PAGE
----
We had driven down crazy back roads and hiked into the hinterlands, stalking these colorful little beauties.
We had found lots of pretty flowers scattered here and there, but the vast fields of color we’d hoped for never materialized.
Then, while out for a mountain bike ride, we came across a field that was a riot of color with yellow and white and lavender flowers dancing in the wind.
Wow! We instantly dropped the bikes on the ground and got whatever photos we could with our pocket cameras.
And then, our wildflower stalking began in earnest once again. We set our alarm clock and got up in the pre-dawn hours to catch these beauties at sunrise.
Well, the joke was on us one more time.
We discovered that lots of wildflowers like to sleep in. They don’t bother to open their petals until the sun is high in the sky, after they’ve have had their morning coffee!
What’s worse, once the sun is flying that high, the wind picks up and the flowers begin to dance.
Now, this is okay if you are just admiring the flowers from a distance.
But if you are trying to capture their charming essence with a camera, this dancing business just becomes a blurry mess.
Luckily, we had another excellent diversion on our hands.
While out on a drive on Rte 89, we had zoomed past a little brown sign that said, “The Toadstools.”
Slamming on the brakes and backing up like crazy people, we discovered a hiking trailhead right there on the highway that turned out to be a really fun little jaunt.
Amazingly, the entire hiking trail was awash in wildflowers. Every so often, as we hiked, the air would fall still and then the flowers would settle down. What luck! These guys were actually standing still for portraits!!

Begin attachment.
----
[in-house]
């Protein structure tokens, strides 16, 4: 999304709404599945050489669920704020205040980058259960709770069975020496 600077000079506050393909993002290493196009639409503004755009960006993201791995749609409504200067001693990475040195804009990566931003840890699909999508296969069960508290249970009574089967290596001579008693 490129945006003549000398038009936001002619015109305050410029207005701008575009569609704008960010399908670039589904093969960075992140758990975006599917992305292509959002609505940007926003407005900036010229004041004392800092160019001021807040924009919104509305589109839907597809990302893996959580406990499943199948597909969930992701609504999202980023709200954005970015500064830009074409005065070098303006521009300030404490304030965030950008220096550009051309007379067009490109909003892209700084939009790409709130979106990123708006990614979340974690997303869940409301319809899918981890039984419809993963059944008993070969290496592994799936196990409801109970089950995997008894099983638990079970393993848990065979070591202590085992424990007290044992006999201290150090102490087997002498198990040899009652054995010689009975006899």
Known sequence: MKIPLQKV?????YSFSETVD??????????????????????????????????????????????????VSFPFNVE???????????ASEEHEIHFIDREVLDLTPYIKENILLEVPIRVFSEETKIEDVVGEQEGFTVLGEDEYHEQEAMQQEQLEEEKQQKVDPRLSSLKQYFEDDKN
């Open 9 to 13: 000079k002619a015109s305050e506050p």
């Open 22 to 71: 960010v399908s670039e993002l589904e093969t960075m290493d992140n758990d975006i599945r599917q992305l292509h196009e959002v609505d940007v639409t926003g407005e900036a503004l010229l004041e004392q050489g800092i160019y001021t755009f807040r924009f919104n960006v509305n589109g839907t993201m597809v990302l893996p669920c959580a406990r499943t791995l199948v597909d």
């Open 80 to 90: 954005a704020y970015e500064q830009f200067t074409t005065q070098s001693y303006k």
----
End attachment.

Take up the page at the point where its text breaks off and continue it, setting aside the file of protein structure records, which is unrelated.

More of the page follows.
The Paria Rimrocks Toadstool trail follows a wash past pink and sugar white sand patches where the flowers were growing right out of the sand.
On either side of us, and in the distance ahead, rock cliffs rose up, each one horizontally striped in orange/pink and white.
We were so focused on the flowers at our feet, though, that it was quite a surprise when we looked up and saw the Toadstool rock formations right in front of us.
These odd rocks were reminiscent of the mysterious sandstone hoodoos we’d seen at Utah’s Goblin Valley where so many of the rocks resemble creatures. Some formations were also similar to the odd furniture-like hoodoos we saw at New Mexico’s Bisti Badlands.
And, of course, Mark couldn’t resist trying his strength against one. Not a chance! These things are massively huge.
The little grouping of toadstools here stand on a wide platform that resembles a red rock stage.
Going just a bit further into the wings of this “stage,” the ground suddenly fell away beneath our feet as we stood on a small rock outcropping.
We stared in awe as a massive canyon filled with intricate red and white rock patterns took shape before us. How magnificent!
You’ve gotta love Utah. A canyon that would be a national park in any other state doesn’t even warrant a mention in this hike’s official description! It is these unexpected little surprises — the discovery of a field of wildflowers, and bumping into a fun hike through “toadstools” to a red rock canyon — that make our roaming lifestyle so thrilling.
Little did we know just then that we had an even bigger surprise waiting for us up ahead…
For more information about the Paria Rimrocks Toadstools hike, click here.
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